Nurse shark (Ginglymostoma cirratum)

Spanish: Gata, Tiburón-gata
GenusGinglymostoma (1)
SizeLength: up to 3 m (2)

Classified as Data Deficient (DD) by the IUCN Red List. The Western Atlantic subpopulation is classified as Near Threatened (NT) (1).

The strange looking nurse shark is not the heavy, fearsome fish we normally expect a shark to look like. Its long, flexible body is yellowish-brown to grey-brown, with two spineless, rounded dorsal fins and a long tail fin that can be over a quarter of the whole body length (2). The large, rounded pectoral fins are flexible and muscular, and can be used as limbs to clamber along the sea bottom (2). The head is broad and flat, with small jaws housing small teeth (3) and fleshy, sensory projections (barbels) hang down by its mouth (2). It is not entirely clear where the nurse shark got its strange name from, perhaps from the ancient English name for a dogfish, ‘huss’ (4). More suitable is its scientific name which translates in Latin as ‘the shark with the flexible curly mouth’ (4).

Occurs in the Western Atlantic, from Rhode Island in the United States to southern Brazil; the Eastern Atlantic, from the Cape Verde islands to Gabon; and the Eastern Pacific, from the Gulf of California to Peru (2).

The nurse shark inhabits inshore tropical and subtropical waters, where it is found at depths of less than one meter down to 130 metres (2). It is frequently found on rocky and coral reefs, and in channels between mangroves keys and sand flats (2).

During the day the nurse shark is a sluggish animal, spending most of its time resting on sandy bottoms, or in crevices in rocks and coral reefs. Often several nurse sharks may congregate when resting, sometimes even piling on top of one another (2). At night however, the nurse shark actively roams the sea bottom and reef for prey. It feeds on bottom invertebrates such as spiny lobsters, shrimps, crabs, sea urchins, squid and octopi (2). It is also feeds on fish, its nocturnal nature enabling it to prey on resting fish that would be too active during the day to capture (2). The nurse shark’s small mouth and large pharynx enable it to feed by a unique suction method, effectively making the nurse shark the ‘hoover’ of the ocean floor. By cupping its mouth over a hole or crevice and expanding its throat, it creates a vacuum that sucks prey out of their hiding (4). This suction-feeding is also useful for extracting snails from their shells (2), and it will dig in sand to root out prey sensed by its fleshy barbels (2).

The nurse shark is one of few sharks in which courtship behaviour is relatively well known (4). The male swims alongside the female, grabs one of the pectoral fins in his mouth, rolls her over and they mate (4). A large number of males will often try to mate with a single female, and females often bear numerous bite-scars and bruises received during mating attempts. It is therefore not surprising that females frequently try to avoid males by swimming in very shallow water, where they can bury their pectoral fins in the sand (5).

Nurse sharks are ovoviviparous (2), a method of reproduction whereby the young develop inside a weakly-formed egg shell within the mother, receiving nourishment from their yolk sac, for five to six months (2). The females move to shallow seagrass beds and coral reefs to give birth to 20 to 30 pups in late spring and summer (2). Like many sharks the nurse shark is slow growing, with males not reaching maturity until 10 to 15 years of age, and females 15 to 20 years (2).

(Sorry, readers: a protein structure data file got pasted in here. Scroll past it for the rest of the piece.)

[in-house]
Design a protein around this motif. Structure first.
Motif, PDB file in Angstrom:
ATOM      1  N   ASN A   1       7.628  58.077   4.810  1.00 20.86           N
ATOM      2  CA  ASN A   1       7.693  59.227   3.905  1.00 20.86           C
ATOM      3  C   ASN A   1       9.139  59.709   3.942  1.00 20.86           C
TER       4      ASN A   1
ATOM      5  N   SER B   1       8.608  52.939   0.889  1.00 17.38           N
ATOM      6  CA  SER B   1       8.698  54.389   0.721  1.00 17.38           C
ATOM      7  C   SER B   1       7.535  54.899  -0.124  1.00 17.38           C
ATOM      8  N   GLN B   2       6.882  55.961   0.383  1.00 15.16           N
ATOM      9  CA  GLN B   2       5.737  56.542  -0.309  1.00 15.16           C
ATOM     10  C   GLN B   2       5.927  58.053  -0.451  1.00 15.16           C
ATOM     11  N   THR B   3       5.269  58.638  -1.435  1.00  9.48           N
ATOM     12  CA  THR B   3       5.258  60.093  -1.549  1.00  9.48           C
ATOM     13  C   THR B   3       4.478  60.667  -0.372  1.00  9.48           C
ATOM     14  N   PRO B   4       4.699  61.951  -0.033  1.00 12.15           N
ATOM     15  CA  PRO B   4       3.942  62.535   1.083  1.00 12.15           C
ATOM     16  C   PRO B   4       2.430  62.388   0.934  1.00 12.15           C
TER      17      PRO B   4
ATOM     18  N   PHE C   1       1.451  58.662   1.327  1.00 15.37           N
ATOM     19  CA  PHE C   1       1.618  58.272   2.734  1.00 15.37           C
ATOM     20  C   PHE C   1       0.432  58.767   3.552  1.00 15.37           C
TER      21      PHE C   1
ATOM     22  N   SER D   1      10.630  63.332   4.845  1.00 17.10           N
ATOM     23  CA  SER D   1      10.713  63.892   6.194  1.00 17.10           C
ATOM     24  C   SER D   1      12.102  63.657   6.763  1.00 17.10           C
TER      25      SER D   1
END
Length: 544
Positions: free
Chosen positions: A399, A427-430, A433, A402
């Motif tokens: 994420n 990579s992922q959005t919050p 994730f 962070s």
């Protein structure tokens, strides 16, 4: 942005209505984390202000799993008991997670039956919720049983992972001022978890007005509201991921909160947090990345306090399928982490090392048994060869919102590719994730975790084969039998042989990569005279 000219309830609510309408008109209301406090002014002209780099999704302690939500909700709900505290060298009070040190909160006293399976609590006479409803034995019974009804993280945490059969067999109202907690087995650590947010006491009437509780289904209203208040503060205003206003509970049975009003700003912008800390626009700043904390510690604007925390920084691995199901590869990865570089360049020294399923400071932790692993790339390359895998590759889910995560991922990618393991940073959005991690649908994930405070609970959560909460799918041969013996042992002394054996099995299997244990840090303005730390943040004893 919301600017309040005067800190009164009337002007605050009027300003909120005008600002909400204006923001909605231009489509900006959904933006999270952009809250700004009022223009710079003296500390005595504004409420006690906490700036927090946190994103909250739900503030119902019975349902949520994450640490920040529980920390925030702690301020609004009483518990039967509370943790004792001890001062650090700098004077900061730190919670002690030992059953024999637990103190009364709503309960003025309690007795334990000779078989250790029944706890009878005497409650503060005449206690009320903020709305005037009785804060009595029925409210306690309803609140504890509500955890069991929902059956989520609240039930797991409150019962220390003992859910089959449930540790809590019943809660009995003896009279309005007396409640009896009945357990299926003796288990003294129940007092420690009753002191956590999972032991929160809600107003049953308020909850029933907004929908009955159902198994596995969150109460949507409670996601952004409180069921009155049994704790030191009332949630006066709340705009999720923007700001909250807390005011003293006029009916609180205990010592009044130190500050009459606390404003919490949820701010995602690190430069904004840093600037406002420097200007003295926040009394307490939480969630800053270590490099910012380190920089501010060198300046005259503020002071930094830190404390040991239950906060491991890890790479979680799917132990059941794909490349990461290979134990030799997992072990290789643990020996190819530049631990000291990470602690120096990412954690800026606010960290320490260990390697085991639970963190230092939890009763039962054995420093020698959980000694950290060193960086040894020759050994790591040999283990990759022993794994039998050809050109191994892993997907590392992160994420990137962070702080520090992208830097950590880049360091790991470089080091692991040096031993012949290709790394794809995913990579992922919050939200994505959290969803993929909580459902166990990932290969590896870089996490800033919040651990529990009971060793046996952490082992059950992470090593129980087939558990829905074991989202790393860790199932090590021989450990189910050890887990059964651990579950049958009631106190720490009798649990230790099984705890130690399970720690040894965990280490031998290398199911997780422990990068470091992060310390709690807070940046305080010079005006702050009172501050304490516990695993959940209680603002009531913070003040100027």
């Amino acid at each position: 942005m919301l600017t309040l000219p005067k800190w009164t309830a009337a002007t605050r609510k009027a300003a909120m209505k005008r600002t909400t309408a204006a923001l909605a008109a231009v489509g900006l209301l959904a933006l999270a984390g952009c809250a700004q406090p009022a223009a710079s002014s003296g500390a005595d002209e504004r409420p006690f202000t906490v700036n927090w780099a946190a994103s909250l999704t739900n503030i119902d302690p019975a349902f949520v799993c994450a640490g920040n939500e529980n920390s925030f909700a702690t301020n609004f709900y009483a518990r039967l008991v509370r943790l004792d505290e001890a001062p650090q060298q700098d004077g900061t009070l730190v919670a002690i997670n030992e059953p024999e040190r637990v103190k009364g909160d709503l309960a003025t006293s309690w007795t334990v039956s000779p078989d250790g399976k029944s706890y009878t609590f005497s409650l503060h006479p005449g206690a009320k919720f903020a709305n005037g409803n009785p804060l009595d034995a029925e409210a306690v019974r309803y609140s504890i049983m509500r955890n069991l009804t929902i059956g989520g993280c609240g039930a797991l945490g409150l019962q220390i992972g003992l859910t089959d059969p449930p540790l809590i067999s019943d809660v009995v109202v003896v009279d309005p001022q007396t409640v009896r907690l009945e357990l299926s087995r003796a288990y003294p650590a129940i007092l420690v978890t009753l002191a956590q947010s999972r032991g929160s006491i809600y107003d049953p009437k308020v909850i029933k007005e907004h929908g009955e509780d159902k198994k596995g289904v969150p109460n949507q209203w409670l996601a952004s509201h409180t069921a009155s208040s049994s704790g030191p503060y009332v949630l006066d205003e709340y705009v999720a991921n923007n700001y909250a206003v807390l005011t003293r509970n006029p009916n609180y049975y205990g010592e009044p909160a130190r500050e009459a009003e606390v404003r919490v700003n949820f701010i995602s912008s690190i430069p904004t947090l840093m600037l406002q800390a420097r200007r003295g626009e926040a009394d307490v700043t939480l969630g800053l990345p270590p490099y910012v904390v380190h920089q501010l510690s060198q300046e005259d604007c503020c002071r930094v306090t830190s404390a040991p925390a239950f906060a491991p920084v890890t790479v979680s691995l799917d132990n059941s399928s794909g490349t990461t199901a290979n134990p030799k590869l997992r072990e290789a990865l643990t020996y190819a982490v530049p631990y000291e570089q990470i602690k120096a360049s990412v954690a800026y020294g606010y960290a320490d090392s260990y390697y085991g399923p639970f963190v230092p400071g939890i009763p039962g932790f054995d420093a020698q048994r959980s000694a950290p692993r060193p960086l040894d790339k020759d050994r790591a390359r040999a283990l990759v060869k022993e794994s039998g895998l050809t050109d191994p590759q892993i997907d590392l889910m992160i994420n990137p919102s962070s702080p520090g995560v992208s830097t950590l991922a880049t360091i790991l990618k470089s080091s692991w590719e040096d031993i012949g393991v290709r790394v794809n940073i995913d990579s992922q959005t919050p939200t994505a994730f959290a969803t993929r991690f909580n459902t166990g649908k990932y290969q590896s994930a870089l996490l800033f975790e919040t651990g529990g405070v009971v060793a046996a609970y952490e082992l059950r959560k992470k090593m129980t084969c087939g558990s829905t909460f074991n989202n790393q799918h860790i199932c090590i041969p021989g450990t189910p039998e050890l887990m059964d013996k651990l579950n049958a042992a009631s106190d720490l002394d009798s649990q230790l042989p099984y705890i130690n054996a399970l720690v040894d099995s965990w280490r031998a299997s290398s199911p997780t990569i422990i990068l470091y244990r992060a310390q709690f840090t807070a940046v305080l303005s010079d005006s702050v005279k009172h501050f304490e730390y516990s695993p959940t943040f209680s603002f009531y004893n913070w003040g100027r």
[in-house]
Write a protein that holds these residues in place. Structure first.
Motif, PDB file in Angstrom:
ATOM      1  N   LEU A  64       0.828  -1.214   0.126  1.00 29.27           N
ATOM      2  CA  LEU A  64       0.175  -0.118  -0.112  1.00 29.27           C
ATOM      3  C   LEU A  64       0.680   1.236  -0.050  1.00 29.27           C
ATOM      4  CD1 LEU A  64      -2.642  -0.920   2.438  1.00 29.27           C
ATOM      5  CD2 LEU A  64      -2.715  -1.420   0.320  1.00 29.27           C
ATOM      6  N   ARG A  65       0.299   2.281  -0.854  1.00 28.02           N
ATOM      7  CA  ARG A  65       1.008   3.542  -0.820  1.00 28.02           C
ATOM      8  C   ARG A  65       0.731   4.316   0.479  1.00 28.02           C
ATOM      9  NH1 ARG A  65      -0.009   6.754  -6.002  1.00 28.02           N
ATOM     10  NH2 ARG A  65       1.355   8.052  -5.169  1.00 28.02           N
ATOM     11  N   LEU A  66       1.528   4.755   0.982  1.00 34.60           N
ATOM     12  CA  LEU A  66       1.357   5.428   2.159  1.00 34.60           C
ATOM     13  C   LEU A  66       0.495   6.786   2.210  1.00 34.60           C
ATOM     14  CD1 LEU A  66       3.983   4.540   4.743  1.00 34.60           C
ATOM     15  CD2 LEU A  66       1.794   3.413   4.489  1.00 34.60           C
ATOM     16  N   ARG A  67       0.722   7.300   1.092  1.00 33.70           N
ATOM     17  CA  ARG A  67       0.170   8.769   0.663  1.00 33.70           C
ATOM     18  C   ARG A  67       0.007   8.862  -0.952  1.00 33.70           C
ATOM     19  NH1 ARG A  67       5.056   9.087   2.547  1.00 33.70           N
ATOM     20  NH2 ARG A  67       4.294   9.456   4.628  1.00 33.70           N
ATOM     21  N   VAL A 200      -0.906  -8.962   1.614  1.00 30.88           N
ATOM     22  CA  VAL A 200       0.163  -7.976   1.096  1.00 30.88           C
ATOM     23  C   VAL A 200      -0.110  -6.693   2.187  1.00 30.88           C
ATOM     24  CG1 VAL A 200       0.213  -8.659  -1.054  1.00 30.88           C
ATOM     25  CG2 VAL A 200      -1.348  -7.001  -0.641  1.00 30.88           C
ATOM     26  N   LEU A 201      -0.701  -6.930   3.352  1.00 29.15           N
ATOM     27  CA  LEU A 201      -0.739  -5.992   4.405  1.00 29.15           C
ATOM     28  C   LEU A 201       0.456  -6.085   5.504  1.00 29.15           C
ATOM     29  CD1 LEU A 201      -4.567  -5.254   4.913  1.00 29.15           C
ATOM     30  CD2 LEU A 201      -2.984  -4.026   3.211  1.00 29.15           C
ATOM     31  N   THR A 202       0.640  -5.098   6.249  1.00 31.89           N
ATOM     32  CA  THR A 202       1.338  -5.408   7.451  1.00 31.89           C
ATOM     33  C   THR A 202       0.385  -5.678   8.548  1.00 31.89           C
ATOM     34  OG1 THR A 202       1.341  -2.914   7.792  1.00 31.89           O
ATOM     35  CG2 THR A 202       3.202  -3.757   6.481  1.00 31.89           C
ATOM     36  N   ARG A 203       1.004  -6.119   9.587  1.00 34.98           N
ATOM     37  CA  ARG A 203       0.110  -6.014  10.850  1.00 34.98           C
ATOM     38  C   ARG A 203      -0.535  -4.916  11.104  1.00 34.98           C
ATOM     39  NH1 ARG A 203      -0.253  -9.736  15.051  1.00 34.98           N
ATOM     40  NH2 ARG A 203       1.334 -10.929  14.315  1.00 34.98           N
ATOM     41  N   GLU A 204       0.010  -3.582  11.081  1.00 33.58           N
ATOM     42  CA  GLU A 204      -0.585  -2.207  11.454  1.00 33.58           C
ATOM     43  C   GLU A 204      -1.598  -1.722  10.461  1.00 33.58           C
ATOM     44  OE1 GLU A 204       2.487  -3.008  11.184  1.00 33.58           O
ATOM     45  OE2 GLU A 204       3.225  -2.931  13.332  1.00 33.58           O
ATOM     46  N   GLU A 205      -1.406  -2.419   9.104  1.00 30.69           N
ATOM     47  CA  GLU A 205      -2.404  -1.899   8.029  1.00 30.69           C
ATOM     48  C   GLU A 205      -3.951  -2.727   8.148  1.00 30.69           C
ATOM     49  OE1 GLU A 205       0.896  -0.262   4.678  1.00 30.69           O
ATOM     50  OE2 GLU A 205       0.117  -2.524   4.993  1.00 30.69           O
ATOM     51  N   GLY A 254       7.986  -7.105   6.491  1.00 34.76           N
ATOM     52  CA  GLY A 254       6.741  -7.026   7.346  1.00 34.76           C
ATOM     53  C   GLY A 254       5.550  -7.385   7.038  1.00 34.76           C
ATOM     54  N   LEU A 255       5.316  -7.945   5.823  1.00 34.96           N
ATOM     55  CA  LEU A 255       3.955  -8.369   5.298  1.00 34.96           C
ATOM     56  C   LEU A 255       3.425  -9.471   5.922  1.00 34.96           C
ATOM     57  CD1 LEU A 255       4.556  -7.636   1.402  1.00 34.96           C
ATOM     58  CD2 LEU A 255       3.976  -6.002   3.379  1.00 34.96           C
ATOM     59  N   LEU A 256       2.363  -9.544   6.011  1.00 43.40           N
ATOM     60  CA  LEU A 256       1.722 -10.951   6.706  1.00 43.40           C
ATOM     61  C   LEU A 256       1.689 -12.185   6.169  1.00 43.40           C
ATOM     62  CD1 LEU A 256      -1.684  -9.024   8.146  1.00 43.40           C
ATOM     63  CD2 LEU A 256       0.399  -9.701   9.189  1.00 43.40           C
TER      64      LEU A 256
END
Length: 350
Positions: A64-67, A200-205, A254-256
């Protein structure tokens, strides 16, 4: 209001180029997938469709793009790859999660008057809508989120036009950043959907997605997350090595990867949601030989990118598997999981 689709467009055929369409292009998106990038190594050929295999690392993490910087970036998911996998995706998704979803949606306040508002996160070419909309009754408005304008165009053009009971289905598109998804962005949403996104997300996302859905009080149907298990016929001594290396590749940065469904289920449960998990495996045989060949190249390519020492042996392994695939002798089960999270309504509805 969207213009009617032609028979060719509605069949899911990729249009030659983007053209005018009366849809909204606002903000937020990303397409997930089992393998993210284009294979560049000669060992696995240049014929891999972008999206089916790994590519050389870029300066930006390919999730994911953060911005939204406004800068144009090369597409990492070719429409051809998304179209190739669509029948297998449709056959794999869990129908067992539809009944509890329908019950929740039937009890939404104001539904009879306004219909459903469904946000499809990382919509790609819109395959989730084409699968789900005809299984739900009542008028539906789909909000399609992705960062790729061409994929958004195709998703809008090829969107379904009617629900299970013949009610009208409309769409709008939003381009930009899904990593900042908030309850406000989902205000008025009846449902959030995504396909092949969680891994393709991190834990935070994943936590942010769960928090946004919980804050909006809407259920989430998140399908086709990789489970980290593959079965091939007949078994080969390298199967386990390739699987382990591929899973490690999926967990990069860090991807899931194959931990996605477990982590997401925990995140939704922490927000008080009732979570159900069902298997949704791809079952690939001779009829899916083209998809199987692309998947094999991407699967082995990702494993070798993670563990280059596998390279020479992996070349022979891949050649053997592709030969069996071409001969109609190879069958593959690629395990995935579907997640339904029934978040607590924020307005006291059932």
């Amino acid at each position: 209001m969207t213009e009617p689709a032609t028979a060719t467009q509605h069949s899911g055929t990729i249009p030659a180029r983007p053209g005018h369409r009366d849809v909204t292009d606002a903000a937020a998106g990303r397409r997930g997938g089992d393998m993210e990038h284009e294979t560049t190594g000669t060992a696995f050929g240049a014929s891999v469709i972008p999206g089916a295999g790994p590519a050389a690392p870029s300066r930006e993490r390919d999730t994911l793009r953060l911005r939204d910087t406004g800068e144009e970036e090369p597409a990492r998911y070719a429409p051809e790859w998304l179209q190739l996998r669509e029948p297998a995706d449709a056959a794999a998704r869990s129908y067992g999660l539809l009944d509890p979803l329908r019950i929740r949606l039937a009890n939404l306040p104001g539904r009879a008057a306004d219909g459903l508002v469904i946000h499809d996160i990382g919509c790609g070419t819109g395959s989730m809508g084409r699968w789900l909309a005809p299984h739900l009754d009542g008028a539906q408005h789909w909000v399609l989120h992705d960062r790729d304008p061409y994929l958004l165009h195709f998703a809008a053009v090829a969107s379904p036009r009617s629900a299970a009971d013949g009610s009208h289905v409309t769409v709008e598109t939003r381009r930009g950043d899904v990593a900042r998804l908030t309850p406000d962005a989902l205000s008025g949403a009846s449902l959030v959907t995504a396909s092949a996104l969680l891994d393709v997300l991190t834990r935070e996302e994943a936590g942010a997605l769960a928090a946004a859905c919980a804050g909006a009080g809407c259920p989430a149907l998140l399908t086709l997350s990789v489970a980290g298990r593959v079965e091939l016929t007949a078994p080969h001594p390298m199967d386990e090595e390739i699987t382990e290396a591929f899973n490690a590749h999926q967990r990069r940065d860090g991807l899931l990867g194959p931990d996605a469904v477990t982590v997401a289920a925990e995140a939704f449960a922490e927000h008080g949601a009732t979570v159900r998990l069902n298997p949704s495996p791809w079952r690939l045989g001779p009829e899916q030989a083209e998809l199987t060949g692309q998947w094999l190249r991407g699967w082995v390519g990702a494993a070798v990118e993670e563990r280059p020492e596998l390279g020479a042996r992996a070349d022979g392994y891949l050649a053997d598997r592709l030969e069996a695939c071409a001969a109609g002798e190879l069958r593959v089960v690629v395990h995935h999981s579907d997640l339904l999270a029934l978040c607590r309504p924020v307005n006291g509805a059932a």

Nurse sharks are commonly caught in small-scale local fisheries in some parts of its range, and are incidentally captured in many coastal fisheries (1) (2). Its tough, thick hide makes good leather, the flesh is consumed by humans and used for fishmeal, and oil is extracted from the liver (2). The nurse shark is also captured for the aquarium trade, and is occasionally the target of spear fishermen (1). As the nurse shark grows slowly and matures late, this exploitation can cause populations to decline rapidly and recover slowly (6). The threat of overexploitation is compounded by the impact of humans on the coastal and reef habitats of the nurse shark (1) (6). Coral reefs are a particularly vulnerable habitat, being impacted by pollution, sedimentation, global climate change and disturbance from tourism (1). Extreme population reductions have already been recorded in the southern Western Atlantic, and it is possible that the nurse shark is declining, unnoticed, in other areas where there is a lack of data (1). For this reason, the World Conservation Union (IUCN) has classified the nurse shark as Data Deficient (1).

The nurse shark is included as a Vulnerable species in the Official List of Endangered Animals in Brazil, fisheries are managed within United States’ waters, and the Colombian government is considering a ban on the nurse shark fishery along with an extensive habitat protection campaign (1). However, in regions outside of the Western Atlantic, the lack of data makes it difficult to assess the status of populations, and subsequently to implement appropriate conservation measures. Measures recommended include the regulation of spear-fishing and the marine ornamental fish trade, compulsory release of incidentally caught sharks, and the establishment of no-fishing areas encompassing mating and breeding grounds (1). Countries should be motivated to take action to prevent over-fishing of the nurse shark as it is likely to be far more valuable alive for dive-tourism than as fisheries products (6).

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  1. IUCN Red List (December, 2009)